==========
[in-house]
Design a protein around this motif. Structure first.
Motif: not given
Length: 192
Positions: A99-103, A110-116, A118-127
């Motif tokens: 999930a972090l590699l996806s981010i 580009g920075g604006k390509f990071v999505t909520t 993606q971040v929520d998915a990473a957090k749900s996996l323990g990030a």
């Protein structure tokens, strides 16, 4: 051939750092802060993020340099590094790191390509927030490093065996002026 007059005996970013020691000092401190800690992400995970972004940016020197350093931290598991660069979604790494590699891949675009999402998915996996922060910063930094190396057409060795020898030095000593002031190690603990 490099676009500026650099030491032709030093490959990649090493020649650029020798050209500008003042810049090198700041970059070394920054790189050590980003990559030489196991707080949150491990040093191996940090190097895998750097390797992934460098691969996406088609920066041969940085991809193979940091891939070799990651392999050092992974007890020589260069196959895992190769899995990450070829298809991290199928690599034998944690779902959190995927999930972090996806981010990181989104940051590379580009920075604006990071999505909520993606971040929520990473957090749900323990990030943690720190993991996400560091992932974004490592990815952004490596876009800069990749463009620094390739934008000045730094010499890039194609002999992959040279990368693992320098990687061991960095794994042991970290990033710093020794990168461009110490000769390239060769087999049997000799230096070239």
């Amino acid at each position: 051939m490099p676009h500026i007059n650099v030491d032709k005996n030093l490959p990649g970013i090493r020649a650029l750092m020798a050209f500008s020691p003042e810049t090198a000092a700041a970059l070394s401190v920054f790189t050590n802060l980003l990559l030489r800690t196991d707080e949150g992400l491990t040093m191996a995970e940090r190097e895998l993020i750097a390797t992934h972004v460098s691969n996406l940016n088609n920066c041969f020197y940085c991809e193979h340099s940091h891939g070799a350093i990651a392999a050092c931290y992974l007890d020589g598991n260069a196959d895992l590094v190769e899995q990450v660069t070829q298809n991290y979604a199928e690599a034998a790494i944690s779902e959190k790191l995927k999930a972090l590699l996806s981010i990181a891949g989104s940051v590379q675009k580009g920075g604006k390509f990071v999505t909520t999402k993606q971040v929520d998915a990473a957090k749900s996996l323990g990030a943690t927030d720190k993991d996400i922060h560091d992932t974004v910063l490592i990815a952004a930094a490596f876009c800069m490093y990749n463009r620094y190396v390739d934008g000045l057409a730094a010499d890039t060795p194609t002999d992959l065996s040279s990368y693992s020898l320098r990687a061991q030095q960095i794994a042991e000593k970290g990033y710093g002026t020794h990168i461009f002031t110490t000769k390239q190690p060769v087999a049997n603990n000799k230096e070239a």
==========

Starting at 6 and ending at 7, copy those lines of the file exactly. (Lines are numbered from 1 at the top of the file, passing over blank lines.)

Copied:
């Motif tokens: 999930a972090l590699l996806s981010i 580009g920075g604006k390509f990071v999505t909520t 993606q971040v929520d998915a990473a957090k749900s996996l323990g990030a």
């Protein structure tokens, strides 16, 4: 051939750092802060993020340099590094790191390509927030490093065996002026 007059005996970013020691000092401190800690992400995970972004940016020197350093931290598991660069979604790494590699891949675009999402998915996996922060910063930094190396057409060795020898030095000593002031190690603990 490099676009500026650099030491032709030093490959990649090493020649650029020798050209500008003042810049090198700041970059070394920054790189050590980003990559030489196991707080949150491990040093191996940090190097895998750097390797992934460098691969996406088609920066041969940085991809193979940091891939070799990651392999050092992974007890020589260069196959895992190769899995990450070829298809991290199928690599034998944690779902959190995927999930972090996806981010990181989104940051590379580009920075604006990071999505909520993606971040929520990473957090749900323990990030943690720190993991996400560091992932974004490592990815952004490596876009800069990749463009620094390739934008000045730094010499890039194609002999992959040279990368693992320098990687061991960095794994042991970290990033710093020794990168461009110490000769390239060769087999049997000799230096070239």